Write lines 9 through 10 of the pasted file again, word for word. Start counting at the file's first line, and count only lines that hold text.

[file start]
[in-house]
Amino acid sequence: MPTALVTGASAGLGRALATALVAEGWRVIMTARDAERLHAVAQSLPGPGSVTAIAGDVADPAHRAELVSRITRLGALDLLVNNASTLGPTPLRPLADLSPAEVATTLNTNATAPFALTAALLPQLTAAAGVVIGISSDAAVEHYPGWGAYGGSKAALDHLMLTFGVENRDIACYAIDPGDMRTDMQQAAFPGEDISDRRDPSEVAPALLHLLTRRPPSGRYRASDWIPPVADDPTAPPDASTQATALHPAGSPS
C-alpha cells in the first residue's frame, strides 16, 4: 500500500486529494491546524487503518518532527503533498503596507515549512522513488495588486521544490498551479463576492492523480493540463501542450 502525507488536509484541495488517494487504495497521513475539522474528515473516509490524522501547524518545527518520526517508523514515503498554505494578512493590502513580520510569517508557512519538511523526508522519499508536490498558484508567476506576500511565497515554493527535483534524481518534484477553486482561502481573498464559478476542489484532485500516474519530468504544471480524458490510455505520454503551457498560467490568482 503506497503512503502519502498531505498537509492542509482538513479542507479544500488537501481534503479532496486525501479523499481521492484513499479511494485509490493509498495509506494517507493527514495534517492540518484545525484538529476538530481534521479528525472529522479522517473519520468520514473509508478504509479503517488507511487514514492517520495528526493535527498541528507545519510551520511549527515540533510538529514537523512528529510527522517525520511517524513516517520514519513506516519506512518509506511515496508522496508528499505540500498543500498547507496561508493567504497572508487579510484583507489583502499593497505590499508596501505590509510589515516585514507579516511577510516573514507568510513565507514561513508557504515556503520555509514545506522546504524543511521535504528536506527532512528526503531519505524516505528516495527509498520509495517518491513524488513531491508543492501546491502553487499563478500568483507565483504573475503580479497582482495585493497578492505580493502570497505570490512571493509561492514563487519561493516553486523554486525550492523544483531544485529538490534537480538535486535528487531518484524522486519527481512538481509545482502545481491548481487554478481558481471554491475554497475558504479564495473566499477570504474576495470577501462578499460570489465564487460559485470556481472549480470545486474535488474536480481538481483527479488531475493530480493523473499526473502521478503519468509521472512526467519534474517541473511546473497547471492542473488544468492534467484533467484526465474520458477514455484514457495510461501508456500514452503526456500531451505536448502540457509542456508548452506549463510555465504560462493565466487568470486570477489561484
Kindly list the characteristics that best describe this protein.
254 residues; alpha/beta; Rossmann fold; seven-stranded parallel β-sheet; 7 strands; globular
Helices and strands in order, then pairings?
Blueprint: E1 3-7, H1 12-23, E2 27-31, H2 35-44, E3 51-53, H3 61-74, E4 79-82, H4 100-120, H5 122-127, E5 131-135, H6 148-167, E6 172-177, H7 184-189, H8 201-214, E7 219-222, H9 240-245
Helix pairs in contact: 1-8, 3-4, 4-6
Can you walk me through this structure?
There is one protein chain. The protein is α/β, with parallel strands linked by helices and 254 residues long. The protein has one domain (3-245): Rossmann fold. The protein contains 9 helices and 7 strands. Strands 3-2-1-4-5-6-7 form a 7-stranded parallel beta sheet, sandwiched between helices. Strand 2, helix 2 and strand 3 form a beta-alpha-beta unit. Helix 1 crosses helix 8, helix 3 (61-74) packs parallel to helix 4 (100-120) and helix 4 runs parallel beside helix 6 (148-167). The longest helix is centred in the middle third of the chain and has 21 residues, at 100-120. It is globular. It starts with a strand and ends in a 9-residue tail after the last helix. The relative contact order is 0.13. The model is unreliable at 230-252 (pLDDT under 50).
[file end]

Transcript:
Can you walk me through this structure?
There is one protein chain. The protein is α/β, with parallel strands linked by helices and 254 residues long. The protein has one domain (3-245): Rossmann fold. The protein contains 9 helices and 7 strands. Strands 3-2-1-4-5-6-7 form a 7-stranded parallel beta sheet, sandwiched between helices. Strand 2, helix 2 and strand 3 form a beta-alpha-beta unit. Helix 1 crosses helix 8, helix 3 (61-74) packs parallel to helix 4 (100-120) and helix 4 runs parallel beside helix 6 (148-167). The longest helix is centred in the middle third of the chain and has 21 residues, at 100-120. It is globular. It starts with a strand and ends in a 9-residue tail after the last helix. The relative contact order is 0.13. The model is unreliable at 230-252 (pLDDT under 50).